A Closer Look at 3D Printing Materials: Composites

Published on August 16, 2023 by Madeleine P.

In recent years, composite 3D printing has become increasingly popular. One of the youngest branches of 3D printing, this technology is now used by many players in additive manufacturing, such as Impossible Objects, a company specializing in the field. In fact, it has become so popular that some studies estimate that the composite 3D printing market will reach $1.73 billion by 2030. Logically, when we talk about composite 3D printing, we think of composite printers, but also of composite materials, which are at the heart of this process. Composite materials are made of at least two components and have special properties, making them uniquely suited to various industries that use 3D printing.

Most of the time, in order to manufacture these materials, it is necessary to mix a plastic, which we will call the matrix, with fibers. Today, there are many different kinds of fibers, but three are mainly used for 3D printing: carbon fiber, which is probably the most popular, fiberglass, and PPD-T, also known as Kevlar. Depending on the requirements, either short or long fibers can be used. Short fibers are integrated into the entire matrix and will reinforce the entire part; this type of material is compatible with a wide variety of 3D printers. Long fibers are placed during the printing process itself and are not cut into small pieces, allowing reinforcement only where it is needed. They are only compatible with certain machines at this point in time.

Composite Materials

Printing a composite material (photo credits: SABIC)

Carbon Fiber Reinforced Materials

As previously mentioned, carbon fiber reinforcements are commonly used in additive manufacturing of composite materials. Originating in 1860 by chemist Joseph Swan, carbon fiber is composed of interconnected carbon atoms forming a crystalline structure aligned in strands, providing remarkable stability under tension. Recognized for its exceptional strength-to-weight ratio (twice that of aluminum), it holds significant value in crafting lightweight yet sturdy end parts. Moreover, materials infused with carbon fiber exhibit high stiffness, robust tensile strength, and effective chemical resistance.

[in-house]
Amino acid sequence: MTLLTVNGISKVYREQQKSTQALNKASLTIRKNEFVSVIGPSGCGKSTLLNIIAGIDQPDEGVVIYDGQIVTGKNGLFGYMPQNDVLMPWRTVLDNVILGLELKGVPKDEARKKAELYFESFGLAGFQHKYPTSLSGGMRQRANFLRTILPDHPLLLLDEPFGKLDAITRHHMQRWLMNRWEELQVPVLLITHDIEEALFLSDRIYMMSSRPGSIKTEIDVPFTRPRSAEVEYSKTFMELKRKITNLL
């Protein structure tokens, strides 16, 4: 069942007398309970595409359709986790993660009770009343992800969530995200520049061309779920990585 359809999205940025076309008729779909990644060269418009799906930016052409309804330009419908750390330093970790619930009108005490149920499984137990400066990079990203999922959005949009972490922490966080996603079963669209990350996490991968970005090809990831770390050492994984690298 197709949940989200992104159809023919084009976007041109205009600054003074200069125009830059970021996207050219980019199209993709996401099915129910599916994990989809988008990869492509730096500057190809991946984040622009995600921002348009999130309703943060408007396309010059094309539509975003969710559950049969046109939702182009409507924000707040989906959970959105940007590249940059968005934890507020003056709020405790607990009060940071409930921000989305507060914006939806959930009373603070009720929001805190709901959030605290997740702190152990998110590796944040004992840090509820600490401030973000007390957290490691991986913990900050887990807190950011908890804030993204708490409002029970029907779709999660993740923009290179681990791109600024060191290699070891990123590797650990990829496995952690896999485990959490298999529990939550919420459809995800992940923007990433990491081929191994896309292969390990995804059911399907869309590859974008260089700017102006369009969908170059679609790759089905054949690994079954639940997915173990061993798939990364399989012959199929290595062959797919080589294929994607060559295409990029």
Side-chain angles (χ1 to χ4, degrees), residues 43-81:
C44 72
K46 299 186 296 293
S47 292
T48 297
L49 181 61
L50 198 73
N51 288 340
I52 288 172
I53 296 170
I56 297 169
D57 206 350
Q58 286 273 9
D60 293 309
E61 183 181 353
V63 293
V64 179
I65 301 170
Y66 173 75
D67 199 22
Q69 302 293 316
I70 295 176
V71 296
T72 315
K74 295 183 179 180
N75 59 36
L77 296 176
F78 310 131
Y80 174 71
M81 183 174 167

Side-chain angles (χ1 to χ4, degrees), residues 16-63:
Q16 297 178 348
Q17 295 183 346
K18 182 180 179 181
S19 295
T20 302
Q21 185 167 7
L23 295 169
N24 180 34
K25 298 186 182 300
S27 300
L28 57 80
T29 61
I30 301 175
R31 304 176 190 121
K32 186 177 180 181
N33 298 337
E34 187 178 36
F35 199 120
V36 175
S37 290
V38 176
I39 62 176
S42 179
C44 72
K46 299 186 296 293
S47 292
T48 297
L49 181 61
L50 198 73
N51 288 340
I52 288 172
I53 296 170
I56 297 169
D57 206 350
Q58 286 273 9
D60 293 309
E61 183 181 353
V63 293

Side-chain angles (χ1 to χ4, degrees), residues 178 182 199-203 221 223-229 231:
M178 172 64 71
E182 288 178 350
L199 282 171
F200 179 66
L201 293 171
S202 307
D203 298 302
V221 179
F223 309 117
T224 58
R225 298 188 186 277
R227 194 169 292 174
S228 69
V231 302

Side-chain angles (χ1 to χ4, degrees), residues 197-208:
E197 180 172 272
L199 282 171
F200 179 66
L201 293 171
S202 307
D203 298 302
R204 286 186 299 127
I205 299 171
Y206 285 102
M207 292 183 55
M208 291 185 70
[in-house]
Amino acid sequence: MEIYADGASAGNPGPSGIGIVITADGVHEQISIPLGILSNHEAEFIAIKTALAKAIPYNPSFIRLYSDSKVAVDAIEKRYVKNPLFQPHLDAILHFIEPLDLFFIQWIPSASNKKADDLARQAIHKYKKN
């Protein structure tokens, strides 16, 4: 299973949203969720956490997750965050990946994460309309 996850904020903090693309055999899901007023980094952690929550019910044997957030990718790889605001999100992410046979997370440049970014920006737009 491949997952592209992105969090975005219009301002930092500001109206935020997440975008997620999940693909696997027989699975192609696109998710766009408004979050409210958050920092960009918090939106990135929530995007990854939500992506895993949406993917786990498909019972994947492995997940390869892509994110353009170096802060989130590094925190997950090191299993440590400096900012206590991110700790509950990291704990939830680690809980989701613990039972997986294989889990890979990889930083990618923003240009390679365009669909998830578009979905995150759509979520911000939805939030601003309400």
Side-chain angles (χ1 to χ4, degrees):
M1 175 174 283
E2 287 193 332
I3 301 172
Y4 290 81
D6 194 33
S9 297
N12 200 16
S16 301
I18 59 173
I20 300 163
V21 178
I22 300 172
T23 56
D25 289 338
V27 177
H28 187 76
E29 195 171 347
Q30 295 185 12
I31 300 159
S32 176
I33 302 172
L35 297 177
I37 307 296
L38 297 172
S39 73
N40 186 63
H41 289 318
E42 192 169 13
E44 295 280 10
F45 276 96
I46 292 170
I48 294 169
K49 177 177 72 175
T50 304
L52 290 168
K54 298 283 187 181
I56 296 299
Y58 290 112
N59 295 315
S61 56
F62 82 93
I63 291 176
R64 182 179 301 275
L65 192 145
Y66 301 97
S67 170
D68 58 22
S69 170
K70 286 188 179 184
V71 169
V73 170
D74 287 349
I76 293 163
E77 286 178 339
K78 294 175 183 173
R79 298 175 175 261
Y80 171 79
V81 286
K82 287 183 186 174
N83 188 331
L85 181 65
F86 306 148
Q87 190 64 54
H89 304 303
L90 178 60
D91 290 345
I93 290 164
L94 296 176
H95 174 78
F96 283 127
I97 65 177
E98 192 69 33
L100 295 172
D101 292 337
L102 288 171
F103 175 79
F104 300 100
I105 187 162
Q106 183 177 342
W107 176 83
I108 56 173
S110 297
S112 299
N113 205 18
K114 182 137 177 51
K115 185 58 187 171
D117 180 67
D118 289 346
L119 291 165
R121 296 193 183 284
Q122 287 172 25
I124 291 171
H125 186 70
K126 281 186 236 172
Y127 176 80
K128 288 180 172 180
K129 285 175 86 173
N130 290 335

However, employing carbon fibers in 3D printing demands specific considerations. For instance, using a hardened steel print nozzle is crucial to ensure high-quality part production. Similar guidelines apply to the matrix material integrated with carbon fiber reinforcement. Various matrices like PLA, PETG, nylon, ABS, or polycarbonate can become stronger and lighter with the addition of carbon fibers. These fibers not only harmonize with thermoplastics but can also be blended with ceramics, facilitating the creation of novel applications. Industries ranging from aerospace and automotive to construction benefit from carbon fiber-based composites, harnessing their unique properties.

Photo credit: Anisoprint